Making decorative concrete is an art form that yields some truly beautiful results. A well-made concrete counter top can come in any color, pattern, or texture, and is made to last a very long time. Making something this great takes some skill, and some experience with the finesse of finishing indoor decorative concrete. Let’s look at the steps involved in making concrete counter tops.
Step 1- Casting
Concrete starts out as a liquid that is poured into a form built to guide its shape. Decorative concrete can actually be very thin, even less than one inch sometimes, so the forms for concrete counter tops aren’t very deep. The forms can be built right in your kitchen or the contractor may choose to build the forms and pour the concrete in their workshop, and deliver the finished product to you. The forms can be built in any shape, which is one of the benefits of concrete counter tops. Structural reinforcement such as steel or wire mesh may also be built into the casting forms. They can include a textured edge as well.
Step 2- Mixing
Oftentimes, the color pigments will be added to concrete during the mixing stage. this is the stage where powdered concrete is mixed with water and other additives to get the right color and texture before it is poured into the forms. Other additives in concrete used for counter tops might include acrylic, fiberglass, and other strengthening agents.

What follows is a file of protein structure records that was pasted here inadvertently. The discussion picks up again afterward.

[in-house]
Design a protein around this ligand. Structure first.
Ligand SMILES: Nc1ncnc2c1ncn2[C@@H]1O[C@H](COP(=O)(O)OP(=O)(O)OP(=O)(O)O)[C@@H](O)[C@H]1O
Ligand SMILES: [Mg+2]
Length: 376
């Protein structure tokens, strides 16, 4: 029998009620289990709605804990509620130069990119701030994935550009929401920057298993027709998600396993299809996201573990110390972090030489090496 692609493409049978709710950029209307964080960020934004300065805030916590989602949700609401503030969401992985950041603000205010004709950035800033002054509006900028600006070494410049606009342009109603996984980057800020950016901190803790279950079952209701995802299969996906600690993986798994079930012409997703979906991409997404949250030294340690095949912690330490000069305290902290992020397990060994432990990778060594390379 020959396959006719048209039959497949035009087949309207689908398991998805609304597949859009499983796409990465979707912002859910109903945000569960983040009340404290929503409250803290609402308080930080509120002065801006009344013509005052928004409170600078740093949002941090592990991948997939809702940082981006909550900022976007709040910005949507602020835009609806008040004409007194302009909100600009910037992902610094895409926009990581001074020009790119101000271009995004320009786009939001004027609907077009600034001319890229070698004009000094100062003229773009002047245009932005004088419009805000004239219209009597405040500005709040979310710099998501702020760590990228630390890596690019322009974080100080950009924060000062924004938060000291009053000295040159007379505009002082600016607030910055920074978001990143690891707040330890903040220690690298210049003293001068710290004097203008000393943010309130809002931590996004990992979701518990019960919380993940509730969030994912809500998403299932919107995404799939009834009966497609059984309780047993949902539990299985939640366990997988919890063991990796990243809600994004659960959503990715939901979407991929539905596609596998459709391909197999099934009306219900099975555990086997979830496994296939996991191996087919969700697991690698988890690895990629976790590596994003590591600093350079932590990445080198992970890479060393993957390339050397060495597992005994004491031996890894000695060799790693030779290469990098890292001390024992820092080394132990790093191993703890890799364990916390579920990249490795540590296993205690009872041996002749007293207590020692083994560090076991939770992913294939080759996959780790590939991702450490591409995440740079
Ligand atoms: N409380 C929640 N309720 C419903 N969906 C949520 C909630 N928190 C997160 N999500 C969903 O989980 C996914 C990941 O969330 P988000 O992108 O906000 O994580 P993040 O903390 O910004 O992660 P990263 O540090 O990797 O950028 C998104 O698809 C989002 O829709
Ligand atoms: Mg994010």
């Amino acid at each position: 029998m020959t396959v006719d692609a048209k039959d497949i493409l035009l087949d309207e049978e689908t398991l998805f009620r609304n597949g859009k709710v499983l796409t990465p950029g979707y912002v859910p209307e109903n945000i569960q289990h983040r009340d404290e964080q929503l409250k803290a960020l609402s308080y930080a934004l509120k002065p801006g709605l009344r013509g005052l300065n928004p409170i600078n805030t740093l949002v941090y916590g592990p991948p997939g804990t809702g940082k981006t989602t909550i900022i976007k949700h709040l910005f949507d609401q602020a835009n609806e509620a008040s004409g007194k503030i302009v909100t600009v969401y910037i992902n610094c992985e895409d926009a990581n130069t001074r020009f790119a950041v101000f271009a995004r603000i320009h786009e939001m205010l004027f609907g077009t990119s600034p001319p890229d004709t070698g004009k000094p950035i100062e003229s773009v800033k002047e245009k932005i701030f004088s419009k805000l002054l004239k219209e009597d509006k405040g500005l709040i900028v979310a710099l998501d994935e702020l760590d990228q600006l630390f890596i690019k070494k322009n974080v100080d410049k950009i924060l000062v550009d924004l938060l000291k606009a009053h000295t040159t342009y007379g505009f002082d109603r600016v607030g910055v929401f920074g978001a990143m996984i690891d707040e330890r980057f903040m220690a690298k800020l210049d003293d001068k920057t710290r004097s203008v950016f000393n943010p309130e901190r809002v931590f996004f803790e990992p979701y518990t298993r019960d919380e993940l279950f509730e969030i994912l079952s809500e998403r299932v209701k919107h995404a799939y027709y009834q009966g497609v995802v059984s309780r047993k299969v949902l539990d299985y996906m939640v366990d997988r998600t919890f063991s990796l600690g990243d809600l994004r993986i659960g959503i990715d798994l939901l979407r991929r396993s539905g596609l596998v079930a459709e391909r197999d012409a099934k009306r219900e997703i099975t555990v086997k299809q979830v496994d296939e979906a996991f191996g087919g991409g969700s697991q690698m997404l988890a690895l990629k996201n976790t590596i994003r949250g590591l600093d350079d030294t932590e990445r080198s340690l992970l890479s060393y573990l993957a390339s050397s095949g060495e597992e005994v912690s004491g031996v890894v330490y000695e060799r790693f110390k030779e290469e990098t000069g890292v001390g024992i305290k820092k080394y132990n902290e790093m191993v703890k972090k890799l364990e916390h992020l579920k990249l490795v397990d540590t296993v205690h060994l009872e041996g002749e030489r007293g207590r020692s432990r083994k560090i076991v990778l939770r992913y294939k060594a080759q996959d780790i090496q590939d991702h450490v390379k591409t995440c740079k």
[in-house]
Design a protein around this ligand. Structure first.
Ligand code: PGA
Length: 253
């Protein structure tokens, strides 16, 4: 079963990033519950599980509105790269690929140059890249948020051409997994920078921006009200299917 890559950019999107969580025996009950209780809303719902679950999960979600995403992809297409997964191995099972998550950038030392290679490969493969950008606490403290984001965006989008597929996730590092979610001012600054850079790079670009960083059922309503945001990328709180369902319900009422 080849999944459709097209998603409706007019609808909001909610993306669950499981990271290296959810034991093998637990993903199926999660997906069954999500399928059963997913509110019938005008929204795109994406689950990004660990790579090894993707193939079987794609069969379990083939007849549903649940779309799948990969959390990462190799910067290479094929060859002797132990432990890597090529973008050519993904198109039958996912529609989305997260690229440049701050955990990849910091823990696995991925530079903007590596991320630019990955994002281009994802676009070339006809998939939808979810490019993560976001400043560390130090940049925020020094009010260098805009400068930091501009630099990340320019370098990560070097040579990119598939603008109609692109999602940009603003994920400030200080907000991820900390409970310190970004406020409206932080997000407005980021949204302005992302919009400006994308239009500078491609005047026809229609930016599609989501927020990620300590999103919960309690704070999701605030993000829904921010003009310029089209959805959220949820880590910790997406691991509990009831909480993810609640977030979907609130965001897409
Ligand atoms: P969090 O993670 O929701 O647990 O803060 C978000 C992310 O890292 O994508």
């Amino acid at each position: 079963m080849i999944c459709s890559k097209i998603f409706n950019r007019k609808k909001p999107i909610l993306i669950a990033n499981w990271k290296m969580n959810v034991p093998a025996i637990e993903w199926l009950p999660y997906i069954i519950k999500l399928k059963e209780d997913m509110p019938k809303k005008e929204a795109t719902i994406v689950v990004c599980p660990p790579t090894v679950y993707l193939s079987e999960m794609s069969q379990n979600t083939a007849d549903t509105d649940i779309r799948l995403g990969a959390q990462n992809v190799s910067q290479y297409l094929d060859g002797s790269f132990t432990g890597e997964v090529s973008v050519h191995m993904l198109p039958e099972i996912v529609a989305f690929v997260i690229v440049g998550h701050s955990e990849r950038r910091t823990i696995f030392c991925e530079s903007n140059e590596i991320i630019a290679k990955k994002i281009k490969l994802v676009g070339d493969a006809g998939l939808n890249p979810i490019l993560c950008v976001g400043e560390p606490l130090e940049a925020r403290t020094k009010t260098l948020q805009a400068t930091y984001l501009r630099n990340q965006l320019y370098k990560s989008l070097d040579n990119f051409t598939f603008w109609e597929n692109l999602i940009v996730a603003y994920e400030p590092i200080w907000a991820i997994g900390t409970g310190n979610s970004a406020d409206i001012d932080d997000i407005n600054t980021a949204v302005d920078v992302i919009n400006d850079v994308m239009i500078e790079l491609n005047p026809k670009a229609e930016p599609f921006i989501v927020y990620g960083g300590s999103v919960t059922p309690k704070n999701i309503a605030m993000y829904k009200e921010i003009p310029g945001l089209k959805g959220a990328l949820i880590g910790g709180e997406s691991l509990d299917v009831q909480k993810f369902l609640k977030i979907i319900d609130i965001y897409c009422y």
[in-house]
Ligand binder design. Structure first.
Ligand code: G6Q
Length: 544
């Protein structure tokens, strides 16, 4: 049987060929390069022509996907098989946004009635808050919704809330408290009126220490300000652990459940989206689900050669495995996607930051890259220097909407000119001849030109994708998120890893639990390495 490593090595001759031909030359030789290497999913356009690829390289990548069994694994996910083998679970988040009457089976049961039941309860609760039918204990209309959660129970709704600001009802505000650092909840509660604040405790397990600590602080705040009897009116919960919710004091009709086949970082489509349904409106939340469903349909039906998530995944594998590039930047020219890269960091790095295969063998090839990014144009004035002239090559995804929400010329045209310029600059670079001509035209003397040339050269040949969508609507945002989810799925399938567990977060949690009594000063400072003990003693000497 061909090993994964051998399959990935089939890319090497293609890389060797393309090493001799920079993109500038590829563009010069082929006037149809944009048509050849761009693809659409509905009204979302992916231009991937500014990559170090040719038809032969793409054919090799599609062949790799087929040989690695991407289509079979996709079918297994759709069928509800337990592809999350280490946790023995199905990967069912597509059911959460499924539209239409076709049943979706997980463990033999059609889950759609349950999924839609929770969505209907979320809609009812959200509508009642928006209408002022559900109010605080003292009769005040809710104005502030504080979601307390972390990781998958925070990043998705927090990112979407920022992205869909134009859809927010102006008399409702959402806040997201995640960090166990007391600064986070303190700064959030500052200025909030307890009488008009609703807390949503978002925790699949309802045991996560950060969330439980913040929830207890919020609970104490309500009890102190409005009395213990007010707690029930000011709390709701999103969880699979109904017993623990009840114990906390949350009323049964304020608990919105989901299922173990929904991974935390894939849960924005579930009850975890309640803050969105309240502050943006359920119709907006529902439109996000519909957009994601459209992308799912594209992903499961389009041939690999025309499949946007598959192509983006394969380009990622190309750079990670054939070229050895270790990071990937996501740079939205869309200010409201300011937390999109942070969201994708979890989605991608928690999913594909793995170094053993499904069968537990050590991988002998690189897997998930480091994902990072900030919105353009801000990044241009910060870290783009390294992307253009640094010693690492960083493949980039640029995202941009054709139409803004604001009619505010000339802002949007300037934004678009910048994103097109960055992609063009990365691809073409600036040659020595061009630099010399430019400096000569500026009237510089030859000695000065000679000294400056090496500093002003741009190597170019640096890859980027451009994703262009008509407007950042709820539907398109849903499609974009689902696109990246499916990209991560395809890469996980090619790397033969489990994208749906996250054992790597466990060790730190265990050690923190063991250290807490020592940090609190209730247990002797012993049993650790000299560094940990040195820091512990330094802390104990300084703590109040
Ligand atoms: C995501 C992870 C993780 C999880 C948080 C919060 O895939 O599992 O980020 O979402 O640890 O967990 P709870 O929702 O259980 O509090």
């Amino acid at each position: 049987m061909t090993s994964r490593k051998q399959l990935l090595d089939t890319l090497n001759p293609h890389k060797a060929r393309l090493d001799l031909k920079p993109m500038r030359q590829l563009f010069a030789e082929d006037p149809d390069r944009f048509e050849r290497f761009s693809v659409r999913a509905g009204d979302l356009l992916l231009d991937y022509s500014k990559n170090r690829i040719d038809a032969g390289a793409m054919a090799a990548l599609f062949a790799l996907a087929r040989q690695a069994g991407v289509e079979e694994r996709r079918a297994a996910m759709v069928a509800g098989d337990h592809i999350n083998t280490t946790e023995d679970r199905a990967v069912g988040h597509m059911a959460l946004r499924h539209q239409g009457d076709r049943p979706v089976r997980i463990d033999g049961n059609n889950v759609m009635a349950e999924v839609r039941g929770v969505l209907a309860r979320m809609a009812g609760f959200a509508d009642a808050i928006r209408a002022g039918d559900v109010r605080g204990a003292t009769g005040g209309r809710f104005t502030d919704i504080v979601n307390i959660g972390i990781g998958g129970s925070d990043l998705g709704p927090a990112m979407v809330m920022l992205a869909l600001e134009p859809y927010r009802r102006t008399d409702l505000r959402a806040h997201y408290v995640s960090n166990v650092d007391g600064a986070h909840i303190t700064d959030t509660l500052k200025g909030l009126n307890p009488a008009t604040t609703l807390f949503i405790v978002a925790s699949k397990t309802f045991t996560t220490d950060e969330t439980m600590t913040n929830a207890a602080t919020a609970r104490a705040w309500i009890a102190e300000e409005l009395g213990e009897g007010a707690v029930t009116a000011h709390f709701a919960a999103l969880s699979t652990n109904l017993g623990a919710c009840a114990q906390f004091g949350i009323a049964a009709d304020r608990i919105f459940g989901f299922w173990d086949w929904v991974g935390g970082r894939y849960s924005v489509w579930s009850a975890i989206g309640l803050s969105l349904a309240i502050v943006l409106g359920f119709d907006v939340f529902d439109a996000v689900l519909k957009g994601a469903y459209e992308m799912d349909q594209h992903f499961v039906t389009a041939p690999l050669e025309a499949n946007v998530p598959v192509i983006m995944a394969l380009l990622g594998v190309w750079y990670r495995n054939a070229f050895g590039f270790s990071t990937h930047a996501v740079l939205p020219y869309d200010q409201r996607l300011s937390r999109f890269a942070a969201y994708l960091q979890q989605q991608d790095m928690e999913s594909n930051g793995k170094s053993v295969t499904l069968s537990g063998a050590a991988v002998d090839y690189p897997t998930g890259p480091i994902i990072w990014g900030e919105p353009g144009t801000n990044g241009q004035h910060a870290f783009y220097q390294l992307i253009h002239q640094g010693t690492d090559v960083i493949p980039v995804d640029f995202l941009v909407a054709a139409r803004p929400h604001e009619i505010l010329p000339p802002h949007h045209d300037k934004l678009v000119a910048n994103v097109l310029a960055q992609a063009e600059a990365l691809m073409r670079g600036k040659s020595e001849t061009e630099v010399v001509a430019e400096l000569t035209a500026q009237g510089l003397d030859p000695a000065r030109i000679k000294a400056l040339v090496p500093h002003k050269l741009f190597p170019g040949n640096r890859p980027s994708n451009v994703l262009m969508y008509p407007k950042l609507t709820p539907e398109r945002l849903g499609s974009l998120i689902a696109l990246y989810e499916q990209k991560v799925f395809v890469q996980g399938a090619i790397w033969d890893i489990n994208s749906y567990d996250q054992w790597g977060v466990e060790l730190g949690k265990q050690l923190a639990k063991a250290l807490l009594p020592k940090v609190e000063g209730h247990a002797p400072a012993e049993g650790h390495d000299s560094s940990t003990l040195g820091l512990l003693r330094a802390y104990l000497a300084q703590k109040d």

Step 3- Pouring
Once the concrete mixture has reached the desired texture, it’s poured into the form and smoothed over using special concrete finishing tools. The concrete at this stage will conform to whatever shape the form was made in.
Step 4- Pre-Curing Finishing
Some of the finishing of concrete counter tops will take place before the concrete dries. Adding color pigments or embedding glass or stone embellishments is done before curing. Concrete stamping to create a decorative edge, or to create an overall texture that resembles natural stone or tile may also be done at this stage.
Step 5- Curing
Once the surface of the concrete is in the right shape, it is left to dry, or cure. This allows the moisture to rise out of the concrete, and is necessary to ensure a good seal later. Curing takes a few days, and the forms are left in place during this time.
Step 5- Additional Finishing
Once the concrete is cured, it’s time to add the finishing touches before sealing. The surface of concrete counter tops are ground using a fine diamond sander to produce a smooth surface. If you’re planning to acid stain your counter tops, this will be done at this stage as well.
Step 6- Sealing
The last stage of building concrete counter tops is to apply a sealer to the surface. The sealer provides a beautiful finish, and protects the slab underneath from damage. Sealer can be applied in varying lusters from high-gloss to matte to give you exactly the look you were going for.